Turner Syndrome Foundation
Turner Syndrome Foundation

Turner Syndrome Foundation

West Long Branch, New Jersey—Monmouth University is private university, and the Turner Syndrome Foundation is a nonprofit organization, both located in New Jersey. Individuals at both work together to make a difference for a shared cause- the Turner Syndrome community.

In 2009, The Turner Syndrome Foundation was founded by Laura Fasciano as a nonprofit organization with a mission to reduce the age of diagnosis and increase the standard of care for the 1 in 2000 females affected by this genetic condition. The Turner Syndrome Foundation also provides educational resources, supports research, and continues to broaden its reach to patients and caregivers worldwide. TSF is not just an organization, it is a community that provides support and understanding.

At Monmouth University, students become involved in different ways. Students can become involved through clubs, on-campus/off-campus jobs, Greek organizations, volunteer work, being Ras and student ambassadors. Some students even start work at a Nonprofit organization.


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There are currently five wonderful students at Monmouth University working for the Turner Syndrome Foundation, who all contribute to the Turner Syndrome Foundation in their own unique way. Let’s introduce these student employees.

Ameka Yawson works at the Turner Syndrome Foundation as Program. She shared, “I decided to work with TSF because I was trying to explore a job opportunity that combines two passions of mine, both medicine and sociology. This job was the perfect fit. I get to be part of a team that is seeking answers for a medical condition which is just awesome.” Ameka really enjoys the skills she gains while working for the Foundation, such as utilizing Excel, because she knows she’ll use this while in the workforce. 

Ameka is not the only student who has gained valuable skills through her work experience. Kierstyn Holly, who has been Communications Coordinator for over a year, has gained experience in public relations and social media. She also feels good that in her role she can “encourage and support those with Turner Syndrome, advocate for this cause, and let the stories of those living with TS be known.” This is a shared sentiment among many of the student employees, who realize the difference they are making in their role.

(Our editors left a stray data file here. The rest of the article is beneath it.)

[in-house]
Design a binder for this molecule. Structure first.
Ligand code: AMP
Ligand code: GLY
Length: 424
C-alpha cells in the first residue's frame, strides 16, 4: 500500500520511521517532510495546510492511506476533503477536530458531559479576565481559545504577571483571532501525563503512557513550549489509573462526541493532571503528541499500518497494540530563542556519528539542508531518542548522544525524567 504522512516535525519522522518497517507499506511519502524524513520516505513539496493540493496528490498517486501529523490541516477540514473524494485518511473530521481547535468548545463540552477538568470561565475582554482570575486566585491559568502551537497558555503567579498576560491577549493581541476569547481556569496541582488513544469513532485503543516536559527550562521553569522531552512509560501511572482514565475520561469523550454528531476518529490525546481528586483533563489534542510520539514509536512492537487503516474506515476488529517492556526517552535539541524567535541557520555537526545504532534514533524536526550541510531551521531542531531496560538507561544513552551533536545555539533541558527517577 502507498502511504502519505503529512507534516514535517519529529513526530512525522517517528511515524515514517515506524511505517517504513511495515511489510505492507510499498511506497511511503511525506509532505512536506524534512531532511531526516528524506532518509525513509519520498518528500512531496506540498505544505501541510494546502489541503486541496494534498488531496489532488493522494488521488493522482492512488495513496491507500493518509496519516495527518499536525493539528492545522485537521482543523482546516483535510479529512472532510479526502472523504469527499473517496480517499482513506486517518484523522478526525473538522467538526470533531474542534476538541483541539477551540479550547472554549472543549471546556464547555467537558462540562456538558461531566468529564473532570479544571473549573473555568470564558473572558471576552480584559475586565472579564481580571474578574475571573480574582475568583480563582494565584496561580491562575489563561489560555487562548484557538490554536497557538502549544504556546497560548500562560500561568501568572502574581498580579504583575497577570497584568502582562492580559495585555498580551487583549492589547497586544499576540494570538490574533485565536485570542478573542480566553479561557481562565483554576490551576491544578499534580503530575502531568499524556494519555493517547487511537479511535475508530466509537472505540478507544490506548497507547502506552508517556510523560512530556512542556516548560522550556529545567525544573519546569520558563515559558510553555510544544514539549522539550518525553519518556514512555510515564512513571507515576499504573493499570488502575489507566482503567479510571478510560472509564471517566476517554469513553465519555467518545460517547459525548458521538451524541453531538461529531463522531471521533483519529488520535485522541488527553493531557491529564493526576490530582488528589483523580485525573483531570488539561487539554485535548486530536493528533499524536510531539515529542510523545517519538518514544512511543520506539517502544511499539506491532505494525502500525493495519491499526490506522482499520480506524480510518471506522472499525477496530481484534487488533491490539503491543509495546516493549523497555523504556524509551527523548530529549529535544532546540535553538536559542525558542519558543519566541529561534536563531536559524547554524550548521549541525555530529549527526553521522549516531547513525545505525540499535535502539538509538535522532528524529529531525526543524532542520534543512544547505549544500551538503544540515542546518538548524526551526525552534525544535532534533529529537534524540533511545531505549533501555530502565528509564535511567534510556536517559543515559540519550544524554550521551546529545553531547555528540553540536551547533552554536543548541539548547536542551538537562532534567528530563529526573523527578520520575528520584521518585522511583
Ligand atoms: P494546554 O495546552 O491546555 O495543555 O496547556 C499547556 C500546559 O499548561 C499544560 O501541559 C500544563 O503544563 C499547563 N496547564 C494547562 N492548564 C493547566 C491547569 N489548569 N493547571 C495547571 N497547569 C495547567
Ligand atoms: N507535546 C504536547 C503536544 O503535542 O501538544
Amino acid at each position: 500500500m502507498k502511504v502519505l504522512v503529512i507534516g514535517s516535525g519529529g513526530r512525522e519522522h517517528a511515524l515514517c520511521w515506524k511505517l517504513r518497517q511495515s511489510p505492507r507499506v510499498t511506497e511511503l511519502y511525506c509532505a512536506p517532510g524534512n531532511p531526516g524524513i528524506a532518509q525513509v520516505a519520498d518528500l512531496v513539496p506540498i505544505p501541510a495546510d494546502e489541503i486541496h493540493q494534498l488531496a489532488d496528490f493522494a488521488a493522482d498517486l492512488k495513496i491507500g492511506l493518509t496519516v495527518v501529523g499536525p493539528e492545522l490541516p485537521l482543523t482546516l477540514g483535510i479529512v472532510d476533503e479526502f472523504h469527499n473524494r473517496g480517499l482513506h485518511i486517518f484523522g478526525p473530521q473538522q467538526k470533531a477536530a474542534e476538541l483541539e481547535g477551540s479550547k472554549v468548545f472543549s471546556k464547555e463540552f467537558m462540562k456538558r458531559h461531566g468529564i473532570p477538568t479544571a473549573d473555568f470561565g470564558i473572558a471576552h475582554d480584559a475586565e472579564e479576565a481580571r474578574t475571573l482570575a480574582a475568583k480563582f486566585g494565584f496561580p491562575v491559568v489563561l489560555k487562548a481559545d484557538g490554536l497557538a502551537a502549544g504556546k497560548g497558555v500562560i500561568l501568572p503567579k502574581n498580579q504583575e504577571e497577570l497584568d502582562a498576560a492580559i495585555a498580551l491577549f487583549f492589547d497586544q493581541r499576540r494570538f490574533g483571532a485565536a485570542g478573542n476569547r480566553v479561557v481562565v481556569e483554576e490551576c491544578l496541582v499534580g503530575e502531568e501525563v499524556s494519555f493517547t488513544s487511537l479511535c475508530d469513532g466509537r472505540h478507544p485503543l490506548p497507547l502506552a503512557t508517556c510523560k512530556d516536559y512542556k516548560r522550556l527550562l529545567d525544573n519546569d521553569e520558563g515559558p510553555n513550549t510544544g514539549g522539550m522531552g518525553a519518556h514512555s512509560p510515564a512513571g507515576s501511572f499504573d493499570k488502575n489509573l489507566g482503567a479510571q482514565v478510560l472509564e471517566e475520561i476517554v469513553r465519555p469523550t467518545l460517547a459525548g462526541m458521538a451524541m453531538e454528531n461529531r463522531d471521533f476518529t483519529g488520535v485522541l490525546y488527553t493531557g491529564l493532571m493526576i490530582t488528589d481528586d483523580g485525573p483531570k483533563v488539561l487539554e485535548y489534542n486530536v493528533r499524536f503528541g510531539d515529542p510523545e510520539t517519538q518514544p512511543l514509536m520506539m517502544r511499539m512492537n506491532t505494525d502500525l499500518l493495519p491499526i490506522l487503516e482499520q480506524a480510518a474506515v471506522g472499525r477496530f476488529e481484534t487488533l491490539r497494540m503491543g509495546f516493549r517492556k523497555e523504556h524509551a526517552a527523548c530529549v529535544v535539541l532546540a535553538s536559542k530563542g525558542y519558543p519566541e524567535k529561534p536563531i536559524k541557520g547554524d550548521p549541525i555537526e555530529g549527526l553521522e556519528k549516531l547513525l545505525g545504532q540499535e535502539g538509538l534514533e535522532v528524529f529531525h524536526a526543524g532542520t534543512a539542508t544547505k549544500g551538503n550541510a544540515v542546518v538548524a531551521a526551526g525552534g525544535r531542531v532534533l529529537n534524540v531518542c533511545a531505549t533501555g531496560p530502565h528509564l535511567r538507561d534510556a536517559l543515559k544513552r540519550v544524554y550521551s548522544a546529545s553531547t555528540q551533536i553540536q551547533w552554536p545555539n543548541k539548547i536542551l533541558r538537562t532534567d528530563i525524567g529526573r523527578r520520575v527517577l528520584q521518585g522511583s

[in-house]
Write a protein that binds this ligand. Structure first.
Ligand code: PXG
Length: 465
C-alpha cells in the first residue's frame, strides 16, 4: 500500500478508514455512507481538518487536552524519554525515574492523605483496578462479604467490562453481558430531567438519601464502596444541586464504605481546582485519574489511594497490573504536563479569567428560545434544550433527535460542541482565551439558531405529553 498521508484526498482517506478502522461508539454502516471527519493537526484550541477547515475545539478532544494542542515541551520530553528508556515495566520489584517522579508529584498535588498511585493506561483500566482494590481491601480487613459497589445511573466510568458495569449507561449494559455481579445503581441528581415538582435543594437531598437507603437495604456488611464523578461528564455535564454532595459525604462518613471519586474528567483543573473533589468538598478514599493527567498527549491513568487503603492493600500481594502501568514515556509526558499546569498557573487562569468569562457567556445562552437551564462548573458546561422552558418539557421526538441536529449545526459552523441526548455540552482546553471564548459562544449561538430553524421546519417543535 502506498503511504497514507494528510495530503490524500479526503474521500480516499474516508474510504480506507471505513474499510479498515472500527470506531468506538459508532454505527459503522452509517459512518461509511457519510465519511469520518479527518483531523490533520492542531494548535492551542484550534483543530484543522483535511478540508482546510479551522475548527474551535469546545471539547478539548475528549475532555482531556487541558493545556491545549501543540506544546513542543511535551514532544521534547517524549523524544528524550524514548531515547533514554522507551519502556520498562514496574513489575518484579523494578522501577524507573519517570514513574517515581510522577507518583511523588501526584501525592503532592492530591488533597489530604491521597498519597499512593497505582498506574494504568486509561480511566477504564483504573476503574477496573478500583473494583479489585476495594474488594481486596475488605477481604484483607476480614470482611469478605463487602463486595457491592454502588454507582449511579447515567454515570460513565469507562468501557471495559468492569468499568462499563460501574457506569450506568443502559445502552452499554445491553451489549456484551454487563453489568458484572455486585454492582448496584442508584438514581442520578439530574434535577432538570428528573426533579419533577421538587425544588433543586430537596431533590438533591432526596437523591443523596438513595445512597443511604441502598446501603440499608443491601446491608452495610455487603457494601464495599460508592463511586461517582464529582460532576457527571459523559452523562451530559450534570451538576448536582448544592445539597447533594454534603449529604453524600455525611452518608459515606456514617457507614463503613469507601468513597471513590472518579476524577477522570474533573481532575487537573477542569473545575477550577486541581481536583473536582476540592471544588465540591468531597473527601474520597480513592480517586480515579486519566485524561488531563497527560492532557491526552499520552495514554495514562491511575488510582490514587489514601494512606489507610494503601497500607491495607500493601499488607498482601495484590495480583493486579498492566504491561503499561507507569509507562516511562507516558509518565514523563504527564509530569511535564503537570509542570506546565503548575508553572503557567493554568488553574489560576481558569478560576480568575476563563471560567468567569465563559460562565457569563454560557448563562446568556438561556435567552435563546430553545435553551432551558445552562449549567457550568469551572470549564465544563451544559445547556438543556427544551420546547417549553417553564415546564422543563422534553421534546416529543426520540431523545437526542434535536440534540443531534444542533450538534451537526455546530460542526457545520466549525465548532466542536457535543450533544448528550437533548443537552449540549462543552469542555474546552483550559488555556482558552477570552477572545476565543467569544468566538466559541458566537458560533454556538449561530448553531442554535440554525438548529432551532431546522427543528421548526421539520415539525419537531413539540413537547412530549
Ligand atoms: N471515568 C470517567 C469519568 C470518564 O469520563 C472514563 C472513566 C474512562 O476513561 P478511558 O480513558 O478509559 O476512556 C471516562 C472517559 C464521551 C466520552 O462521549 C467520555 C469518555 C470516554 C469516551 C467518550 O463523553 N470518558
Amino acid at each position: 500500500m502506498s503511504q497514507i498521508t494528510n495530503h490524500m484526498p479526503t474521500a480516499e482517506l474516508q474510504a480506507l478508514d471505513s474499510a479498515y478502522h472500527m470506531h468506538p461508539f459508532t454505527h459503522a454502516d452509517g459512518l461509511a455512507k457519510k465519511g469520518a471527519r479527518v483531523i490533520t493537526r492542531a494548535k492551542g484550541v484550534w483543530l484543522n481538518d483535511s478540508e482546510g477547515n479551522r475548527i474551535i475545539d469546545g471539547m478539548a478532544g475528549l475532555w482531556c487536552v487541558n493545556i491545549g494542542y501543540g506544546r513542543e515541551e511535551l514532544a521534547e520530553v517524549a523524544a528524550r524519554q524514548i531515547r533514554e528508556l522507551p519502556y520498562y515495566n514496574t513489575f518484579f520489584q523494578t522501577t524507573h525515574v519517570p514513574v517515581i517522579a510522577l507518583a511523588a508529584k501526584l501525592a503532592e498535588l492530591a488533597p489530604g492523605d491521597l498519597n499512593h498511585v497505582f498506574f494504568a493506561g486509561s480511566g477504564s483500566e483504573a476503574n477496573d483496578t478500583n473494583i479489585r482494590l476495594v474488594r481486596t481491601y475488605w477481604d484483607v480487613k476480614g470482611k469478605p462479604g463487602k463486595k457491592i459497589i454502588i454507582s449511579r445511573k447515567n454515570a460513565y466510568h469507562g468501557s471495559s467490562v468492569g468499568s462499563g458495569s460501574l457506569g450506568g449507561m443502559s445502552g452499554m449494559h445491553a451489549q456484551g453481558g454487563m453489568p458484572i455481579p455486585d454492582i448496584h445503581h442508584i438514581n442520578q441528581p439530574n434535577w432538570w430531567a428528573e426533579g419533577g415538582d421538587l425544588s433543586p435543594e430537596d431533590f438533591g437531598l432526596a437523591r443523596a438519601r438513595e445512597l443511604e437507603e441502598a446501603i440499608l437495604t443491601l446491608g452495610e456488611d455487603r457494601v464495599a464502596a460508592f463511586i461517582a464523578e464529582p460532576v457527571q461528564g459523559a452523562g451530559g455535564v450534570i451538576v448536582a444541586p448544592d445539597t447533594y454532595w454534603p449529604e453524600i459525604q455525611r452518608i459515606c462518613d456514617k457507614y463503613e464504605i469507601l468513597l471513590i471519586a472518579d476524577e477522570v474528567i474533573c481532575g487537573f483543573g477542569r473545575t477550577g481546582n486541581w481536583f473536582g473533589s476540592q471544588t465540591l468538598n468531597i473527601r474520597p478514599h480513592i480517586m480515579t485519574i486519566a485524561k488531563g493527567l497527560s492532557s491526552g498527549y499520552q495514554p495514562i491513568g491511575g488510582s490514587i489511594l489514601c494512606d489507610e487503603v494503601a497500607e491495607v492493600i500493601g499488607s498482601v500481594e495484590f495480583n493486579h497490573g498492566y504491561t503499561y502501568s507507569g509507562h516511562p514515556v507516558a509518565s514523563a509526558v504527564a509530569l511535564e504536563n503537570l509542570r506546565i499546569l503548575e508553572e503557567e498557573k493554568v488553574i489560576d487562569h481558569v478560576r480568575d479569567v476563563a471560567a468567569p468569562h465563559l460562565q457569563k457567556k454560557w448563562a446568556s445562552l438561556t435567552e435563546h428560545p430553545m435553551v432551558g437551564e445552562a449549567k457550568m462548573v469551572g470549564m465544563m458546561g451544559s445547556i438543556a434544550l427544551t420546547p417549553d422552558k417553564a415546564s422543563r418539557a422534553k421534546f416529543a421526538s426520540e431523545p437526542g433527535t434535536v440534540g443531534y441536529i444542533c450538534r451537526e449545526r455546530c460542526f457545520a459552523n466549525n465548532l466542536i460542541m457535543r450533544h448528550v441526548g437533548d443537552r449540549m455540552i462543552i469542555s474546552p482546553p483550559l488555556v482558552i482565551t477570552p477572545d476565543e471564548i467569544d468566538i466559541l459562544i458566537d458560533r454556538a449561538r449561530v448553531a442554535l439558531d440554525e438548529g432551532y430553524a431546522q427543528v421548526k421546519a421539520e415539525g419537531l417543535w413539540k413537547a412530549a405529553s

Annabella Marte is another student who has enjoyed being involved with the Turner Syndrome Foundation because of the unique experience it provides. “I’ve always wanted to develop experience with a nonprofit as well to gain insight and help those in need,” she explains. This represents how student employees with TSF both gain practical skills that help develop their careers, while also knowing that they are doing good.

Each of the student employees contributes to TSF’s mission in a unique way. For example, Rowan Elrais is a junior at Monmouth University, and she is in the 5-year program for Special Education. She contributes to initiatives that improve the supports for students with TS in the classroom. By working with TSF, Rowan has gained knowledge of the condition which she had never heard of before, but can make an impact by contributing her perspective and skills to the mission. This is also common in student employees, as they typically come without any prior knowledge of the condition, and leave having gained a new sense of understanding and passion for the community.

Kayla provides a great example of a student turned passionate for the cause. “With my job, I am raising awareness for Turner Syndrome and the organization created to support it. I have a voice that I can use to inform other people and have them get involved. Knowing that I can contribute to this cause warms my heart and makes me realize the power of advocacy and education.”

These students are a wonderful addition to the Turner Syndrome Foundation. Each one of their positions is significant to the growth and prominence of this organization. We are all very enthusiastic about using our roles to create change and spread awareness of Turner Syndrome. We may only just be college students, but we are hard workers, learning as we go. TSF has provided us with a wonderful opportunity. We are all proud to not only represent TSF but Monmouth University as well.

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